Bluetooth tools

This page lists and describes tools that can be used to assist during Bluetooth stack or application development in order to help, simplify and speed up the development process.

Mobile applications

It is often useful to make use of existing mobile applications to interact with hardware running Zephyr, to test functionality without having to write any additional code or requiring extra hardware.

The recommended mobile applications for interacting with Zephyr are:

Using BlueZ with Zephyr

The Linux Bluetooth Protocol Stack, BlueZ, comes with a very useful set of tools that can be used to debug and interact with Zephyr’s BLE Host and Controller. In order to benefit from these tools you will need to make sure that you are running a recent version of the Linux Kernel and BlueZ:

  • Linux Kernel 4.10+
  • BlueZ 4.45+

Additionally, some of the BlueZ tools might not be bundled by default by your Linux distribution. If you need to build BlueZ from scratch to update to a recent version or to obtain all of its tools you can follow the steps below:

git clone git://git.kernel.org/pub/scm/bluetooth/bluez.git
cd bluez
./bootstrap-configure --disable-android --disable-midi
make

You can then find btattach, btmgt and btproxy in the tools/ folder and btmon in the monitor/ folder.

You’ll need to enable BlueZ’s experimental features so you can access its most recent BLE functionality. Do this by editing the file /lib/systemd/system/bluetooth.service and making sure to include the -E option in the daemon’s execution start line:

ExecStart=/usr/libexec/bluetooth/bluetoothd -E

Finally, reload and restart the daemon:

sudo systemctl daemon-reload
sudo systemctl restart bluetooth

Running on QEMU and Native POSIX

It’s possible to run Bluetooth applications using either the QEMU emulator or Native POSIX. In either case, a Bluetooth controller needs to be exported from the host OS (Linux) to the emulator. For this purpose you will need some tools described in the Using BlueZ with Zephyr section.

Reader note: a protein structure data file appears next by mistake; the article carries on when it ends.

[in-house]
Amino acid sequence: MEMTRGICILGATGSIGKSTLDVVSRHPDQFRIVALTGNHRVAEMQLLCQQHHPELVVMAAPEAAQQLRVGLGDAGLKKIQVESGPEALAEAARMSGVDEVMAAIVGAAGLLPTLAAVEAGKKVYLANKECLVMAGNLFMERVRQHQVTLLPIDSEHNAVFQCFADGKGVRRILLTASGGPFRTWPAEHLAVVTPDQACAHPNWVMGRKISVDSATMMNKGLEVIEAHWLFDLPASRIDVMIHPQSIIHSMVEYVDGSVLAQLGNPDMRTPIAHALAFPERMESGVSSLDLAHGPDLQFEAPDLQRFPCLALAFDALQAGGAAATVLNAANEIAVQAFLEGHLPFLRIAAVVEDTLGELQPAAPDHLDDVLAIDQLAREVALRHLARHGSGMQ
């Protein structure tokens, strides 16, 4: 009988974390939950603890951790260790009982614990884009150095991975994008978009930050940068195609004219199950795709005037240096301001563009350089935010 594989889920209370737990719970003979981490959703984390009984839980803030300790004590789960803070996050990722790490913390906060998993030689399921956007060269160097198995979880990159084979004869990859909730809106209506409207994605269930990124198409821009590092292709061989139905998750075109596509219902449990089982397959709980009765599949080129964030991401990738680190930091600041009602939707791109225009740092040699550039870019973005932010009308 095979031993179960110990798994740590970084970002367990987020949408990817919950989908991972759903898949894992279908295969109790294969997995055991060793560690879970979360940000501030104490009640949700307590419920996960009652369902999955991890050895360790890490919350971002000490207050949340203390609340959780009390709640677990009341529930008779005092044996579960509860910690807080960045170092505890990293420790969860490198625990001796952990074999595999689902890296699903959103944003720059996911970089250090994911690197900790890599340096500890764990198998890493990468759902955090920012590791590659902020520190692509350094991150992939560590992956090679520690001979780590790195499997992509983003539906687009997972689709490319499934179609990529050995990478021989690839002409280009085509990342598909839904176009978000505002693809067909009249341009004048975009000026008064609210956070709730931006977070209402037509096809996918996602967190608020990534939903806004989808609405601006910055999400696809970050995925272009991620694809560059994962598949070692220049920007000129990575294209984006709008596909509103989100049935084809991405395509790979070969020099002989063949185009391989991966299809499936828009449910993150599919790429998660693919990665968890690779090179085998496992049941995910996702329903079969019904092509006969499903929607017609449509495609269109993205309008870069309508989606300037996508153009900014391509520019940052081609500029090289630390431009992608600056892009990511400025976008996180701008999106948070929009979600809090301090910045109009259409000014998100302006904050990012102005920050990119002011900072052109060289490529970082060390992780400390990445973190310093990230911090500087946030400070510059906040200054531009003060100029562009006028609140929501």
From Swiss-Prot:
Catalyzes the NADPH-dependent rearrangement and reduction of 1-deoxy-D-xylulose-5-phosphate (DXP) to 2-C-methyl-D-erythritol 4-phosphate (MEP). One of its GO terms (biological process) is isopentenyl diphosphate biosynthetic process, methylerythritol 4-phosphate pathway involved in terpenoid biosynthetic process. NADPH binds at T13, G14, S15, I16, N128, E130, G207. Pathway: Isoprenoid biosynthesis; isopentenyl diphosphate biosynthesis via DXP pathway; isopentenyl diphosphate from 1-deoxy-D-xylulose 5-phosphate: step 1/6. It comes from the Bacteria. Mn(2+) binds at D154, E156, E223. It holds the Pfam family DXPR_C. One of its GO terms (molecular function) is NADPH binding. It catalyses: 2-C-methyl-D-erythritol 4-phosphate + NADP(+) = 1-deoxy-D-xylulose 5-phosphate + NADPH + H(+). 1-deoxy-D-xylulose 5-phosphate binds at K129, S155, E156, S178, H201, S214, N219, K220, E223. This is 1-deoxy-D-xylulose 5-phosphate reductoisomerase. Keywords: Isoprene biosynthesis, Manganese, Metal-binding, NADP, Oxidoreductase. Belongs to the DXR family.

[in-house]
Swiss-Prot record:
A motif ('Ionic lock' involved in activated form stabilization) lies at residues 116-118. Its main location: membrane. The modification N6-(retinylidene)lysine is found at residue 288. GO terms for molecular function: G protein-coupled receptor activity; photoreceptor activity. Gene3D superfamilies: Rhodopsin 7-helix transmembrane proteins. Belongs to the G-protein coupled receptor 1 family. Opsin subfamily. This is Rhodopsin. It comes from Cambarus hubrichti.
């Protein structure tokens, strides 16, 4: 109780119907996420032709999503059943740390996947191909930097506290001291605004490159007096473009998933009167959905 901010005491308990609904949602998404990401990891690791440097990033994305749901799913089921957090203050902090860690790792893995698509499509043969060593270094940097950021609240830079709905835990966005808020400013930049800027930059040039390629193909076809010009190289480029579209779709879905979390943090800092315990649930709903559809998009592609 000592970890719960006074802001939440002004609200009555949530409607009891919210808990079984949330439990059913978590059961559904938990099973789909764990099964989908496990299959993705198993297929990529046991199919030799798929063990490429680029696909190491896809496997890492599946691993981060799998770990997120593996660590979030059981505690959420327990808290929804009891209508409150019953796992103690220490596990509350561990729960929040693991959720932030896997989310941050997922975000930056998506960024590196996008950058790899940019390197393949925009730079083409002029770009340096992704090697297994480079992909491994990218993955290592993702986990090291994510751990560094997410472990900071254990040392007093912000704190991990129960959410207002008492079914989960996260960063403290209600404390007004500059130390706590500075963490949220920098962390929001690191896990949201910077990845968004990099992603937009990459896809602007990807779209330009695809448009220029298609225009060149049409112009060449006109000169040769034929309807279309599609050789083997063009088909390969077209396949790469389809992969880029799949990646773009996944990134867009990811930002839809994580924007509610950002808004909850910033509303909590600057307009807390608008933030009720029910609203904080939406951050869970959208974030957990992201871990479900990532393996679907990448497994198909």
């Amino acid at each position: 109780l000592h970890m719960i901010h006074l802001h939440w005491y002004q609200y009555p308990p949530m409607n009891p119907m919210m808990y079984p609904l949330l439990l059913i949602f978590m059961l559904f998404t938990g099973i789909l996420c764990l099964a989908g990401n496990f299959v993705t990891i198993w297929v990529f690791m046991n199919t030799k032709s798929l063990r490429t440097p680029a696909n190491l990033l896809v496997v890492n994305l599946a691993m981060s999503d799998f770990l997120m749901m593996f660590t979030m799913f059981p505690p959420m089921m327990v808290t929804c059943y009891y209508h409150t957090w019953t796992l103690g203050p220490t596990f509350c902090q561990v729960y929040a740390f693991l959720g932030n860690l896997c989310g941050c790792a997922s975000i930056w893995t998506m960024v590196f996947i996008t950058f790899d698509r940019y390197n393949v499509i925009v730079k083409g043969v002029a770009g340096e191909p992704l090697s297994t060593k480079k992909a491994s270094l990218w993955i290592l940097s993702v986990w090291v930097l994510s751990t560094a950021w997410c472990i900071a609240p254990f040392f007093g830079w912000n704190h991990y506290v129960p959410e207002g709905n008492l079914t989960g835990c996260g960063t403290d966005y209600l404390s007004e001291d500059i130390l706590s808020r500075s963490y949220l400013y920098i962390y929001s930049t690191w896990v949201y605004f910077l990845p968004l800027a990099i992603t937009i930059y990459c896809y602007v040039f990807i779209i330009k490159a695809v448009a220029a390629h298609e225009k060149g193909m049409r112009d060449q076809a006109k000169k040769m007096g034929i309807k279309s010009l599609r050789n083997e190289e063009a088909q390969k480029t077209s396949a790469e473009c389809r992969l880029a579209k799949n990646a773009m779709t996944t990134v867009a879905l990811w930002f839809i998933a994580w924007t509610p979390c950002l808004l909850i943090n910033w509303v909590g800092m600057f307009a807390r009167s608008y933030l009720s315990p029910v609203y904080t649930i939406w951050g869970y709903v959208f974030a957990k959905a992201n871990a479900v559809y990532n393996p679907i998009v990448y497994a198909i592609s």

Using the Host System Bluetooth Controller

The host OS’s Bluetooth controller is connected in the following manner:

  • To the second QEMU serial line using a UNIX socket. This socket gets used with the help of the QEMU option -serial unix:/tmp/bt-server-bredr. This option gets passed to QEMU through QEMU_EXTRA_FLAGS automatically whenever an application has enabled Bluetooth support.
  • To a serial port in Native POSIX through the use of a command-line option passed to the Native POSIX executable: --bt-dev=hci0

On the host side, BlueZ allows you to export its Bluetooth controller through a so-called user channel for QEMU and Native POSIX to use.

Note

You only need to run btproxy when using QEMU. Native POSIX handles the UNIX socket proxying automatically

If you are using QEMU, in order to make the Controller available you will need one additional step using btproxy:

  1. Make sure that the Bluetooth controller is down

  2. Use the btproxy tool to open the listening UNIX socket, type:

    sudo tools/btproxy -u -i 0
    Listening on /tmp/bt-server-bredr
    

    You might need to replace -i 0 with the index of the Controller you wish to proxy.

Once the hardware is connected and ready to use, you can then proceed to building and running a sample:

  • Choose one of the Bluetooth sample applications located in samples/bluetooth.

  • To run a Bluetooth application in QEMU, type:

    Using west:

    west build -t run
    

    Using CMake and ninja:

    cmake -Bbuild -GNinja -DBOARD=qemu_x86 samples/bluetooth/<sample>
    ninja -Cbuild run
    

    Running QEMU now results in a connection with the second serial line to the bt-server-bredr UNIX socket, letting the application access the Bluetooth controller.

  • To run a Bluetooth application in Native POSIX, first build it:

    Using west:

    west build -b native_posix samples/bluetooth/<sample>
    

    Using CMake and ninja:

    cmake -Bbuild -GNinja -DBOARD=native_posix samples/bluetooth/<sample>
    ninja -Cbuild
    

    And then run it with:

    $ sudo ./build/zephyr/zephyr.exe --bt-dev=hci0
    

Using a Zephyr-based BLE Controller

Depending on which hardware you have available, you can choose between two transports when building a single-mode, Zephyr-based BLE Controller:

HCI Tracing

When running the Host on a computer connected to an external Controller, it is very useful to be able to see the full log of exchanges between the two, in the format of a Host Controller Interface log. In order to see those logs, you can use the built-in btmon tool from BlueZ:

$ btmon

Using Zephyr-based Controllers with BlueZ

If you want to test a Zephyr-powered BLE Controller using BlueZ’s Bluetooth Host, you will need a few tools described in the Using BlueZ with Zephyr section. Once you have installed the tools you can then use them to interact with your Zephyr-based controller:

sudo tools/btmgmt --index 0
[hci0]# auto-power
[hci0]# find -l

You might need to replace --index 0 with the index of the Controller you wish to manage. Additional information about btmgmt can be found in its manual pages.